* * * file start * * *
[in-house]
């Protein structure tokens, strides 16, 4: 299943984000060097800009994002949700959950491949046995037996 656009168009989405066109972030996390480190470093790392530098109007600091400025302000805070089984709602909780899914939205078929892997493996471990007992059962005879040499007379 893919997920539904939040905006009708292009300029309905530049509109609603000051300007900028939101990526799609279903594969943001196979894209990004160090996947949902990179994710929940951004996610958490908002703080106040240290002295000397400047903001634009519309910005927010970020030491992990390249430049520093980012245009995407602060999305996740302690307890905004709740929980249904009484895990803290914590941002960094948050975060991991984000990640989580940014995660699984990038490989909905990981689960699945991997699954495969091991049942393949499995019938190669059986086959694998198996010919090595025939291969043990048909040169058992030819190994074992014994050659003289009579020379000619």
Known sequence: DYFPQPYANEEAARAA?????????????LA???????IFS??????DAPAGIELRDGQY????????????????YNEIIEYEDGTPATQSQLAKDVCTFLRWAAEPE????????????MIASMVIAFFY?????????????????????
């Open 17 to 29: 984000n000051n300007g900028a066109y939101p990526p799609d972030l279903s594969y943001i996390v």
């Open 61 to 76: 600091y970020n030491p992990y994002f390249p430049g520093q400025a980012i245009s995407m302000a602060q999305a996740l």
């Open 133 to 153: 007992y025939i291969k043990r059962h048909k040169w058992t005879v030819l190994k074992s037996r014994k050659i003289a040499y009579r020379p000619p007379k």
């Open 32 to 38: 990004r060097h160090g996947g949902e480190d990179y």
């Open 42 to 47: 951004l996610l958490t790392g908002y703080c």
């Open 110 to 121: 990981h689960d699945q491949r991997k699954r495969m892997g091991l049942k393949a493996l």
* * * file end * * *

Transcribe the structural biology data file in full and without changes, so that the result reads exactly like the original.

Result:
[in-house]
């Protein structure tokens, strides 16, 4: 299943984000060097800009994002949700959950491949046995037996 656009168009989405066109972030996390480190470093790392530098109007600091400025302000805070089984709602909780899914939205078929892997493996471990007992059962005879040499007379 893919997920539904939040905006009708292009300029309905530049509109609603000051300007900028939101990526799609279903594969943001196979894209990004160090996947949902990179994710929940951004996610958490908002703080106040240290002295000397400047903001634009519309910005927010970020030491992990390249430049520093980012245009995407602060999305996740302690307890905004709740929980249904009484895990803290914590941002960094948050975060991991984000990640989580940014995660699984990038490989909905990981689960699945991997699954495969091991049942393949499995019938190669059986086959694998198996010919090595025939291969043990048909040169058992030819190994074992014994050659003289009579020379000619």
Known sequence: DYFPQPYANEEAARAA?????????????LA???????IFS??????DAPAGIELRDGQY????????????????YNEIIEYEDGTPATQSQLAKDVCTFLRWAAEPE????????????MIASMVIAFFY?????????????????????
């Open 17 to 29: 984000n000051n300007g900028a066109y939101p990526p799609d972030l279903s594969y943001i996390v």
């Open 61 to 76: 600091y970020n030491p992990y994002f390249p430049g520093q400025a980012i245009s995407m302000a602060q999305a996740l």
């Open 133 to 153: 007992y025939i291969k043990r059962h048909k040169w058992t005879v030819l190994k074992s037996r014994k050659i003289a040499y009579r020379p000619p007379k």
């Open 32 to 38: 990004r060097h160090g996947g949902e480190d990179y």
């Open 42 to 47: 951004l996610l958490t790392g908002y703080c």
């Open 110 to 121: 990981h689960d699945q491949r991997k699954r495969m892997g091991l049942k393949a493996l």